The Whore's Child and Other Stories by Richard Russo


  “The light’s about finished for today, Martin,” the other man shrugged. “The best light’s usually early. The rest is memory. Not like that bastard business you’re in.”

  So, Martin thought. Laura had talked about them. First she’d fucked this painter and then she’d told him about their marriage and their lives.

  “What’s that term movie people use for the last good light of the day?”

  “Magic hour?”

  “Right. Magic hour,” Trevor nodded. “Tell me, is that real, or just something you people made up?”

  “It’s real enough.”

  “Real enough,” Trevor repeated noncommittally, as if to weigh the implications of “enough.” “Well, if you aren’t here to murder me, why don’t you have a seat while I get us a beer. And when I come back, you can tell me if my Laura’s ‘real enough’ to suit you.”

  She had arrived professionally wrapped and crated, and when Martin saw the return address on the label, he set the parcel aside in the corner of his study. Joyce had always been an unpleasant woman, so it stood to reason that whatever she was sending him would be unpleasant. She’d called a week earlier, telling him to expect something but refusing to say what. “I wouldn’t be sending it,” she explained, “except I hear you have a new girlfriend. Is it serious, Martin?”

  “I don’t see where it’s any of your business, Joyce,” he’d told her, glad to have this to say since he didn’t have any idea whether he and Beth were serious or not. Still, it was something of a mystery how Joyce, who lived clear across the country, could have heard about Beth to begin with. Why she should care was another. What she’d sent him, crated so expertly against the possibility of damage, was a third, but all three mysteries together aroused little curiosity in Martin. That the parcel contained a painting was obvious from its shape and packaging, but he’d idly assumed that talentless, bitter Joyce herself was the painter.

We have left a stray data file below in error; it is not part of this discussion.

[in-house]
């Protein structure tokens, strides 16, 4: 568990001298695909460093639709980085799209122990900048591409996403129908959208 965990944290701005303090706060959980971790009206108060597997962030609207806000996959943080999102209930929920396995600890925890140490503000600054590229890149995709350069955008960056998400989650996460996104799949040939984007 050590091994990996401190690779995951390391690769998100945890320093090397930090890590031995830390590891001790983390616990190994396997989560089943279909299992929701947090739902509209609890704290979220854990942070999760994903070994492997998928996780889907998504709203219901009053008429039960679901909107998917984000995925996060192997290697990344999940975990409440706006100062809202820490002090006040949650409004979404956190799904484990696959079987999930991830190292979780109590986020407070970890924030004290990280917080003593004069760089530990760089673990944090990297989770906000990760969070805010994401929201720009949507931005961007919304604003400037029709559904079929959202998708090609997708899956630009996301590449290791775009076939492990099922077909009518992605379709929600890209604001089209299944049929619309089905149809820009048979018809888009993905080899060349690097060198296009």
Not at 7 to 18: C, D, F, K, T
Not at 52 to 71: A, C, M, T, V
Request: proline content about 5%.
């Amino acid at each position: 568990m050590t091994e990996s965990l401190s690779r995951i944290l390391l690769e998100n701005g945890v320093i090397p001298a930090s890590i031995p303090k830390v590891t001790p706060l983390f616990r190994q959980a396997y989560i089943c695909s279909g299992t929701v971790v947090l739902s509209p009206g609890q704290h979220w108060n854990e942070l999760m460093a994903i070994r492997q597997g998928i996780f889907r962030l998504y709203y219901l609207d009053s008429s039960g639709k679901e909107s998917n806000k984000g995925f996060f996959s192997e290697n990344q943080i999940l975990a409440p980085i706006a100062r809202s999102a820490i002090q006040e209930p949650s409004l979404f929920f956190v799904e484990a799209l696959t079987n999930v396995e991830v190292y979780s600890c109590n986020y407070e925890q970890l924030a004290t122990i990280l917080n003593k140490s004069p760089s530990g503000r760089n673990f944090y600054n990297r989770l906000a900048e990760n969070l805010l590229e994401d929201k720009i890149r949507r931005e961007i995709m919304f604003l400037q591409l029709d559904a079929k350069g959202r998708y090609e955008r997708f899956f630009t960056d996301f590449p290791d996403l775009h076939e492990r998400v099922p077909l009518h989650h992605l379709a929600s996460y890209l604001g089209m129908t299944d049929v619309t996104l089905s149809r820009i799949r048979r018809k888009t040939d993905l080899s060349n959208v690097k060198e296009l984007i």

So he’d left the package unopened for more than a week. Beth had been curious about it, or maybe just intrigued by his own lack of interest. She loved presents and received a great many, it seemed to Martin, although the majority were from her doting father, a man not much older than Martin himself. Daddy, as she referred to him, lived in Minnesota with a wife his own age, and Martin, thankfully, had never met either of them. Beth displayed little urgent affection for her parents, though her eyes always lit up when one of her father’s packages arrived. “You never buy me presents, Martin,” she sometimes said, feigning complaint, when she opened one of these. “Why is that?”